One of the primary defenses used by Garlock was to contrast the negligible fiber release from its products with that of the asbestos insulation manufacturers. The Court noted that as the large asbestos manufacturers went bankrupt and disappeared from the civil suits, a peculiar factual development occurred: "the evidence of exposure to those insulation companies also 'disappeared.'" Id. at 30. The Court concluded that this was the result of "the effort of some plaintiffs and their lawyers to withhold evidence of exposure to other asbestos products and to delay filing claims against bankrupt defendants' asbestos trusts until after obtaining recoveries from Garlock (and other viable defendants)." Id. The Court's opinion suggests that plaintiffs' attorneys were coaching their witnesses to omit evidence of the bankrupted defendants' products and to only identify products of defendants in their present lawsuits, thereby driving up the potential liability and settlement values for defendants in those suits.

The Court in Garlock permitted full discovery in fifteen asbestos cases that Garlock had previously settled. It found that "Garlock demonstrated that exposure evidence was withheld in each and every one of them." Id. at 31 (emphasis in original). The Court discovered that after these cases settled for large sums, the plaintiffs' attorneys would file additional claims against an average of nineteen bankrupt company trusts, alleging that their clients were exposed to those products as well. Id. The Court concluded that there was a "startling pattern of misrepresentation:" the plaintiffs were unable to identify exposure to particular defendants' products in a tort case against Garlock, but then later were able to identify those very defendants as sources of a plaintiff's exposure in order to avail themselves of those defendants' bankruptcy trust money. Id. at 35. The Court therefore rejected claimants' use of historical settlement data as a basis for determining Garlock's liability, concluding that the amounts were inflated.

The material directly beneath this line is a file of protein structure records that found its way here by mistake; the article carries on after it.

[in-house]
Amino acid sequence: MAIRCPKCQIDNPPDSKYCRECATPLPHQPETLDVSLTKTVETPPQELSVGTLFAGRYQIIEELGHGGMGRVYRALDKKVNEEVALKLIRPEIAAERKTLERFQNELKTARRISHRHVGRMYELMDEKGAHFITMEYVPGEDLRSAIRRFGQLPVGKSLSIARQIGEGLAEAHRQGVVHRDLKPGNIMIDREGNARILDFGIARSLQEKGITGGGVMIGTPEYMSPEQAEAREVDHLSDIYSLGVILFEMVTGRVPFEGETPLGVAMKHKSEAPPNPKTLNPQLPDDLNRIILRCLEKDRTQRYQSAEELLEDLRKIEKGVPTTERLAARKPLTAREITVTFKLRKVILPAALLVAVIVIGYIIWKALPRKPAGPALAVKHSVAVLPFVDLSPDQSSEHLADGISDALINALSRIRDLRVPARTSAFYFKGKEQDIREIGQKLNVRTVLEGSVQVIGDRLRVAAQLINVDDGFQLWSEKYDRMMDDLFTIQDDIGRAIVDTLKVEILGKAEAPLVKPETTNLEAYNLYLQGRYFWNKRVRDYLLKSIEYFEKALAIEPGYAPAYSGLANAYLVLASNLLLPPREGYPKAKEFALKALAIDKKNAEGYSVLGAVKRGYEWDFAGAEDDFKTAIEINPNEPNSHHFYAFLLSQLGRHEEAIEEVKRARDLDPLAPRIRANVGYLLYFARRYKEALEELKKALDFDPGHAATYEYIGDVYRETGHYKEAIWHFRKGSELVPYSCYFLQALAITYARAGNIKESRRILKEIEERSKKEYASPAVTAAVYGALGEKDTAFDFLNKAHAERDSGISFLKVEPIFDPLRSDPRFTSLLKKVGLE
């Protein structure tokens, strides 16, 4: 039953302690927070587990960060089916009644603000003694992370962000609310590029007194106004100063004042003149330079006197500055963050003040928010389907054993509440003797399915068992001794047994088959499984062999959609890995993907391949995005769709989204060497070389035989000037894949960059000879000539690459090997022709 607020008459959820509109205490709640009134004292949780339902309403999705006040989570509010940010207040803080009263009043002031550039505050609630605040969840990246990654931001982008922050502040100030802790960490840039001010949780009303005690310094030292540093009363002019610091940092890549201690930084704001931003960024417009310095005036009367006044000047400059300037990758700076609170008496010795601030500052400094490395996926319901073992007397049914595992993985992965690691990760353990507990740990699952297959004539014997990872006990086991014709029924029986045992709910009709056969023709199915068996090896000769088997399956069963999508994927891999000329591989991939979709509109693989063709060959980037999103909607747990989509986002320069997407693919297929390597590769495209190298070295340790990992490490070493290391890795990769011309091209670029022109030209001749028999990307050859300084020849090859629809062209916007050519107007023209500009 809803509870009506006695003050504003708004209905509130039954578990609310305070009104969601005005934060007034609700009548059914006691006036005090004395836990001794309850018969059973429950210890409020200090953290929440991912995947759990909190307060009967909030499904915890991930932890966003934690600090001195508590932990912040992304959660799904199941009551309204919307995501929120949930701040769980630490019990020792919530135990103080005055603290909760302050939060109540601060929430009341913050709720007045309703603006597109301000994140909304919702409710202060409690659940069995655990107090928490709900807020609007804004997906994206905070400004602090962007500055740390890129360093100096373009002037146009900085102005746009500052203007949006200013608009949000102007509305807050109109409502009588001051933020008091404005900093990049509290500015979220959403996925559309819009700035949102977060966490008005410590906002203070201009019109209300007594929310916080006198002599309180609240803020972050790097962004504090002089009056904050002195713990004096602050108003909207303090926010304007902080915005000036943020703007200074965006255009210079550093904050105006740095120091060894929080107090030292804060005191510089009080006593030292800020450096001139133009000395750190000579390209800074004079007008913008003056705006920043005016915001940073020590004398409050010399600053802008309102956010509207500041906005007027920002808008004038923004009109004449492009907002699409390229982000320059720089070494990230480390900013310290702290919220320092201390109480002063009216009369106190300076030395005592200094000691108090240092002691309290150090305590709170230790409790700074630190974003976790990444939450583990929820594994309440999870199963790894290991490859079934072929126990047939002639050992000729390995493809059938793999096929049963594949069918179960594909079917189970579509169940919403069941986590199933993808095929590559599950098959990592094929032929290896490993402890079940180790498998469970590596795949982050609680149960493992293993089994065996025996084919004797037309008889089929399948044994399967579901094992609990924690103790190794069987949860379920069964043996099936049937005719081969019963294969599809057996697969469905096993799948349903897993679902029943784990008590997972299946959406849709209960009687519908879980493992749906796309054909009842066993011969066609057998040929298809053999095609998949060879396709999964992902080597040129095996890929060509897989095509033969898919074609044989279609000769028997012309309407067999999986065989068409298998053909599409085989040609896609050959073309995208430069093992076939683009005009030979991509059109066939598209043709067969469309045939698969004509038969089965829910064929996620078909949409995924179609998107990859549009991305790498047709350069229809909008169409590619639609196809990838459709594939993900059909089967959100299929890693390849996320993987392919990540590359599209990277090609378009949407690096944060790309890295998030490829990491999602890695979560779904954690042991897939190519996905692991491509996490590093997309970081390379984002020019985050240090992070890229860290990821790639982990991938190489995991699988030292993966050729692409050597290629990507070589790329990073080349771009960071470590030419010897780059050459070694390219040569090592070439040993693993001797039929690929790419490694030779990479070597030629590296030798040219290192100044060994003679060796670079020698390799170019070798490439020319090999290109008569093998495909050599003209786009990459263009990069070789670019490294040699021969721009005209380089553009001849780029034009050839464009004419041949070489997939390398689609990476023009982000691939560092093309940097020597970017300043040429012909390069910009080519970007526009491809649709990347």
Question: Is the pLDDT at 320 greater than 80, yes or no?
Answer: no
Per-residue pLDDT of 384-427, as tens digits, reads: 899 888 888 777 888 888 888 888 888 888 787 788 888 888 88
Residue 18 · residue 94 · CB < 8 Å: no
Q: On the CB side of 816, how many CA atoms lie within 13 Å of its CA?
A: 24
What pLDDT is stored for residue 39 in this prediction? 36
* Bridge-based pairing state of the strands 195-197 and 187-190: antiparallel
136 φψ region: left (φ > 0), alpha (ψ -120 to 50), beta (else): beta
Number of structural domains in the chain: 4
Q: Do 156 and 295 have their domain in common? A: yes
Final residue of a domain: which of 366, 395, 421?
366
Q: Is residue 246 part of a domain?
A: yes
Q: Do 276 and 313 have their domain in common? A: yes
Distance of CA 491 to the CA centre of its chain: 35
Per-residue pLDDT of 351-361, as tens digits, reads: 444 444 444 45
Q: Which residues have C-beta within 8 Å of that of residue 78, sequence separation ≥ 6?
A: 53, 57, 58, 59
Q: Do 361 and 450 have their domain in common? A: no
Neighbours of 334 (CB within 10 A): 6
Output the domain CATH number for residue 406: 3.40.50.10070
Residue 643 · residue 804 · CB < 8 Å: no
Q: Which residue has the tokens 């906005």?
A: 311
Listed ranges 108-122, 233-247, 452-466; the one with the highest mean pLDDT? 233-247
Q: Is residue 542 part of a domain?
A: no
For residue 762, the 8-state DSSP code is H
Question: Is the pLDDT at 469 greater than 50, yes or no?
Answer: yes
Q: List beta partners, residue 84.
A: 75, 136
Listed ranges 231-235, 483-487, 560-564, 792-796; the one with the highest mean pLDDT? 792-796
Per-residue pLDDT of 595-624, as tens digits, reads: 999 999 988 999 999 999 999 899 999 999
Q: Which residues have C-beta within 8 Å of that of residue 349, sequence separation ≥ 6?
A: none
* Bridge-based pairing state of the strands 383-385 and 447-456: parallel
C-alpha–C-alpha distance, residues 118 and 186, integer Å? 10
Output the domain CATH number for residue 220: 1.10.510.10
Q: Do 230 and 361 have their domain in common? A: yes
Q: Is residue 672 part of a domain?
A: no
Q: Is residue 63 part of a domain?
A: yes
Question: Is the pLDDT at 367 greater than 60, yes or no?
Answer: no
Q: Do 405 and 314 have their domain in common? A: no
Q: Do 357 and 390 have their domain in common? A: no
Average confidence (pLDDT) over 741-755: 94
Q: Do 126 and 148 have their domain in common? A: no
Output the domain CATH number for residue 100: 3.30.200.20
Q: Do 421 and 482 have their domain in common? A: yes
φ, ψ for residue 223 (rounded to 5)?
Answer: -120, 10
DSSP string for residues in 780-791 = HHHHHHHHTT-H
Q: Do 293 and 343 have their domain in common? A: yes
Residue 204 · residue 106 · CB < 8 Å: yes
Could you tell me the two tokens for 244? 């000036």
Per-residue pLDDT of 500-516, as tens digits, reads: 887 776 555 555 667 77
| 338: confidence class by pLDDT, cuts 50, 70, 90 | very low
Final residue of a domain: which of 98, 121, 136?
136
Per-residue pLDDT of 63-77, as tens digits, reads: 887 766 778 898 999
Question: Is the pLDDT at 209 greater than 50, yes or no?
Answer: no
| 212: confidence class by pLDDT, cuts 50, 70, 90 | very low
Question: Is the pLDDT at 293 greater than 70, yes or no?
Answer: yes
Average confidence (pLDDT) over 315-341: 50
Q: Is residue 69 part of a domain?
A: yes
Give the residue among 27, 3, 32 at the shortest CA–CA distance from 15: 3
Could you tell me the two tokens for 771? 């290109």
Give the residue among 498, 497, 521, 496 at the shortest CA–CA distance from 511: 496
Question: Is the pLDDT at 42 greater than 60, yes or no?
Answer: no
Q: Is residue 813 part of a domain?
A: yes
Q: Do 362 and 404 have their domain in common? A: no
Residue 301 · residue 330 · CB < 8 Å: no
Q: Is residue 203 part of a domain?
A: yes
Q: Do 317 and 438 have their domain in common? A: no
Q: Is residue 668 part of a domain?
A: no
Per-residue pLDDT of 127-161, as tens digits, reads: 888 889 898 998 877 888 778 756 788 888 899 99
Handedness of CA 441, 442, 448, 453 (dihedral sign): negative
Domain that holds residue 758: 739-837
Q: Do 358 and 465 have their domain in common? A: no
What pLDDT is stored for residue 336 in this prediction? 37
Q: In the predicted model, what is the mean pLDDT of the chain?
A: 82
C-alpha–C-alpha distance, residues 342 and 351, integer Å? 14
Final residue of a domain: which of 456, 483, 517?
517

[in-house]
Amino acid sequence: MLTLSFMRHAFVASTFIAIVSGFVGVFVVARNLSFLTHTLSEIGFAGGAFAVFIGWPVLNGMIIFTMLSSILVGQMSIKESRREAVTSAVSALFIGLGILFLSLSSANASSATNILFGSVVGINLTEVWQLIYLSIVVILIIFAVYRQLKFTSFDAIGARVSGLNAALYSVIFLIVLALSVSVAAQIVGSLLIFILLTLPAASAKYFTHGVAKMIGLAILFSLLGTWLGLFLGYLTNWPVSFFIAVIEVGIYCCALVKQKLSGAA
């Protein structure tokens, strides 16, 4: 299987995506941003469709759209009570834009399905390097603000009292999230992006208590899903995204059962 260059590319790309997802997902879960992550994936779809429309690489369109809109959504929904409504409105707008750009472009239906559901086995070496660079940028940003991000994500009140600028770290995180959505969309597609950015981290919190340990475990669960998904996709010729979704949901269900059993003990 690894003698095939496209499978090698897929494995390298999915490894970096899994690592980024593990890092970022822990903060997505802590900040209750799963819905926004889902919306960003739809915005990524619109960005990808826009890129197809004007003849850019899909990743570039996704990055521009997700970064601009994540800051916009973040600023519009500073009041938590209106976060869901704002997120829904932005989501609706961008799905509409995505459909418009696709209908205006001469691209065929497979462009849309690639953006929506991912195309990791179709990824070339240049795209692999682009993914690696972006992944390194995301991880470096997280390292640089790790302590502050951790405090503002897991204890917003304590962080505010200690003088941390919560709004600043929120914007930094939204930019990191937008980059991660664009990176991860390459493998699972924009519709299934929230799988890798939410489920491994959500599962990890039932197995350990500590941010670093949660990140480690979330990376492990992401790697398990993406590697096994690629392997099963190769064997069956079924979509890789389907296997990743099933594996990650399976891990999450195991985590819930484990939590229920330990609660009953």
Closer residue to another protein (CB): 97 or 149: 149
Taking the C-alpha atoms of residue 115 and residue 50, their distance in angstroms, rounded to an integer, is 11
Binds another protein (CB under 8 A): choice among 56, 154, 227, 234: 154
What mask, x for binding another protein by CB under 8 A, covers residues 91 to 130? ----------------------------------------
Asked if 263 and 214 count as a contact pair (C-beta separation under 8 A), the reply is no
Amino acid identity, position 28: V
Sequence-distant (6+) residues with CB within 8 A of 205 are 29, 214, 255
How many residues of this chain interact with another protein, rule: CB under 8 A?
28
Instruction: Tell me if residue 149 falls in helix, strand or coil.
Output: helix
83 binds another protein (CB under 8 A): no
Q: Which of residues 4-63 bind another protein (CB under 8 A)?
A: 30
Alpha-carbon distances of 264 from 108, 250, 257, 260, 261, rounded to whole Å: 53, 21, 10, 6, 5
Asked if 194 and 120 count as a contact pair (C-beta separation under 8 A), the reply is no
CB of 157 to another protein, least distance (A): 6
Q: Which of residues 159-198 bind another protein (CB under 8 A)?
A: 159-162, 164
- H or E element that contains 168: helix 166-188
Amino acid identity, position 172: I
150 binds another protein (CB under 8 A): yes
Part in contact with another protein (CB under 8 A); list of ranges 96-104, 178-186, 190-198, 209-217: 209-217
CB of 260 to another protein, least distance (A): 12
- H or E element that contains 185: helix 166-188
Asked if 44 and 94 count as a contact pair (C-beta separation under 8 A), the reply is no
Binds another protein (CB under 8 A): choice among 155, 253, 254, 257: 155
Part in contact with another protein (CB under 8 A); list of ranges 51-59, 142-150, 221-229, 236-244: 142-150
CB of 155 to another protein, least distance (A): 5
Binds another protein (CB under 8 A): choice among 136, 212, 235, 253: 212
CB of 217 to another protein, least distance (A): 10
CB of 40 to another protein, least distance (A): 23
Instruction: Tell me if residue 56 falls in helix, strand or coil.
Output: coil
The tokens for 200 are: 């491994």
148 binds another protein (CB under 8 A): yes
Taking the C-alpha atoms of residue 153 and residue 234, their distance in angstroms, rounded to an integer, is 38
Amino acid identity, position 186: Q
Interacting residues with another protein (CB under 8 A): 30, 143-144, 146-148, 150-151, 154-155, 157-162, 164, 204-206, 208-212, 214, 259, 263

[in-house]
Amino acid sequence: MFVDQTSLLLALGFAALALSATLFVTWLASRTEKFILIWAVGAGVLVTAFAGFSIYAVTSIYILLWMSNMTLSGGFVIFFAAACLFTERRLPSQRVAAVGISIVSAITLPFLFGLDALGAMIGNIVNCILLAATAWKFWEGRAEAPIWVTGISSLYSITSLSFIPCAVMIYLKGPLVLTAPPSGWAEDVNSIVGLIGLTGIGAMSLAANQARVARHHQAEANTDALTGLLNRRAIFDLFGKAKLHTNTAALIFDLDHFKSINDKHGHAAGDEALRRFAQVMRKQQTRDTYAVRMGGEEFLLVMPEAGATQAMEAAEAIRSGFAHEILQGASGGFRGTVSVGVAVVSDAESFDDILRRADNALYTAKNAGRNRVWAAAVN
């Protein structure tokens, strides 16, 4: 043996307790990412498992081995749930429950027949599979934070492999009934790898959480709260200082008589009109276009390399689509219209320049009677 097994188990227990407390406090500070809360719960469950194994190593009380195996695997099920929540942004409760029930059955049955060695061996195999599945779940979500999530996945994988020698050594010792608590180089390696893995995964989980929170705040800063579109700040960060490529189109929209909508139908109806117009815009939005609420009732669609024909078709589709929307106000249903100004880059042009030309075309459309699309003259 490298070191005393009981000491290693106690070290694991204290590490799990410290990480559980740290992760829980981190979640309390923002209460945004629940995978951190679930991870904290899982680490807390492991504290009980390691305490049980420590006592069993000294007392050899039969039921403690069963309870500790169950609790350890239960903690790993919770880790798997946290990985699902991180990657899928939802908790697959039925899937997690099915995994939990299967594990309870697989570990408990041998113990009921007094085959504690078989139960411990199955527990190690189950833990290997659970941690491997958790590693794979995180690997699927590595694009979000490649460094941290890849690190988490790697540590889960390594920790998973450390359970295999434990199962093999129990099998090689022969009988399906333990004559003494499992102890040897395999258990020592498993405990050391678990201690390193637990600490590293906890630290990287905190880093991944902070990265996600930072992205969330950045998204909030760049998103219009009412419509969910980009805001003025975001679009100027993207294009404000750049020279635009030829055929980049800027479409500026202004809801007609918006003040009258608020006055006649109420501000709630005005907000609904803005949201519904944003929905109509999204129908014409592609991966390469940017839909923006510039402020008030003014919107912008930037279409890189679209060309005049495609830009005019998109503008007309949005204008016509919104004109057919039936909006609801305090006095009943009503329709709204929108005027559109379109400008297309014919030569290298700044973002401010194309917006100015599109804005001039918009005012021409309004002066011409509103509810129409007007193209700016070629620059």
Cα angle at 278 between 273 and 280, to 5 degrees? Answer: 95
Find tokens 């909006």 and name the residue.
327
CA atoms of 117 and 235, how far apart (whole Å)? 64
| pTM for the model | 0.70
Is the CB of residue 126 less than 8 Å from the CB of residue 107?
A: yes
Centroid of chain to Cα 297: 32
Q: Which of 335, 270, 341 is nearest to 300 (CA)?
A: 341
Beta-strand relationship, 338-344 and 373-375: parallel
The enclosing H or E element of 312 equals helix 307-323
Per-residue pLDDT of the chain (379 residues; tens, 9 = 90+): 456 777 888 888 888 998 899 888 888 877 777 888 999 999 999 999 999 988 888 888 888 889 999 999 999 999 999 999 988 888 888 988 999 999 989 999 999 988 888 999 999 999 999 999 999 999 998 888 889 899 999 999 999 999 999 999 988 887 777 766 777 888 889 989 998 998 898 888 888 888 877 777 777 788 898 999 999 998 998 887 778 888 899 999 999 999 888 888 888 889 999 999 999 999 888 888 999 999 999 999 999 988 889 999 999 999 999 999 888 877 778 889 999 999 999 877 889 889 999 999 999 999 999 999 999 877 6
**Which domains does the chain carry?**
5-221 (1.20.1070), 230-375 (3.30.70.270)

This important decision should be a rallying cry for transparency in the asbestos bankruptcy trust system. Even though the judge only examined fifteen of Garlock's cases, the Court determined that the fact that every case involved suppression of exposure evidence makes it almost "certain that more extensive discovery would show more extensive abuse . . . ." Id. at 35. The Court noted that Garlock also identified 205 additional cases in which plaintiffs' discovery responses conflicted with claims that the plaintiffs made to bankruptcy trusts. Id. The Court believes, based on the discovery it reviewed in this case, that almost half of those cases involved misrepresentation of exposure evidence. Id.

Garlock has since filed civil fraud and racketeering charges against four plaintiffs' firms.

Governo Law Firm carefully monitors the latest case developments as part of our continuing efforts to provide our clients with the most effective legal protection. Please contact David M. Governo (dgoverno@governo.com) or Colin N. Holmes (cholmes@governo.com) if you would like additional information on this topic.